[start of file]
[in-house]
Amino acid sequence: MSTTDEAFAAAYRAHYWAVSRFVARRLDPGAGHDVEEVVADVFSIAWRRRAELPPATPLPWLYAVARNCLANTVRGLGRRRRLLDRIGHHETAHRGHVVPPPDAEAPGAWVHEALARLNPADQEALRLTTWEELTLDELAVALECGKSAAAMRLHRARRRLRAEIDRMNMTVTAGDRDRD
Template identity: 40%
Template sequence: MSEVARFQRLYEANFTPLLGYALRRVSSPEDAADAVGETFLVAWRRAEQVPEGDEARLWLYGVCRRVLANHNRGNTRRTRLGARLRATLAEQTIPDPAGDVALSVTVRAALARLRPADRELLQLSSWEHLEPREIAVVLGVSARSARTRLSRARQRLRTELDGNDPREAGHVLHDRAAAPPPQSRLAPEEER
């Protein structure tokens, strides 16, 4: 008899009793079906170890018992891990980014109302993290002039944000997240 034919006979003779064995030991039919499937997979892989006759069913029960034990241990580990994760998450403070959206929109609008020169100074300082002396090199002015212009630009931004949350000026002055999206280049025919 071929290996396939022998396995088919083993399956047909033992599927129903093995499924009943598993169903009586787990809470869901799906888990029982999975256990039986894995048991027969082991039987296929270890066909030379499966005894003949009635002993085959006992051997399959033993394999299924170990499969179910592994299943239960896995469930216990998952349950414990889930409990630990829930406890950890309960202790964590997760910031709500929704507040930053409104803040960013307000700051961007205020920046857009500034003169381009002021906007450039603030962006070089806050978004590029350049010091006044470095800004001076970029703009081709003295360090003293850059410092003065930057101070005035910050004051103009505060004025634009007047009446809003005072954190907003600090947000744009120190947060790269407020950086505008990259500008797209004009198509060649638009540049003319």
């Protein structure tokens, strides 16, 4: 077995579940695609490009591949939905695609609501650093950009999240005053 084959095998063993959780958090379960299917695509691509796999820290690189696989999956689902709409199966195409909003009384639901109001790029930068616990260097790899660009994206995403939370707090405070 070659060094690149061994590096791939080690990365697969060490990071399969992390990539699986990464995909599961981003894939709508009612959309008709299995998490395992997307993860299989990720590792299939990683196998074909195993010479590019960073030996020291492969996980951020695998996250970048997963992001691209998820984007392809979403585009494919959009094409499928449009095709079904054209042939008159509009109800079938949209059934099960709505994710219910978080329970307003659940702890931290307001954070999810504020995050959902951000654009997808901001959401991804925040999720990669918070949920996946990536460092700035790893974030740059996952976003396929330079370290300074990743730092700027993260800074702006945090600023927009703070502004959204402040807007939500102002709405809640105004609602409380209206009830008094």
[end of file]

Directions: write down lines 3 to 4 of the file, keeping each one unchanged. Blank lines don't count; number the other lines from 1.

Template identity: 40%
Template sequence: MSEVARFQRLYEANFTPLLGYALRRVSSPEDAADAVGETFLVAWRRAEQVPEGDEARLWLYGVCRRVLANHNRGNTRRTRLGARLRATLAEQTIPDPAGDVALSVTVRAALARLRPADRELLQLSSWEHLEPREIAVVLGVSARSARTRLSRARQRLRTELDGNDPREAGHVLHDRAAAPPPQSRLAPEEER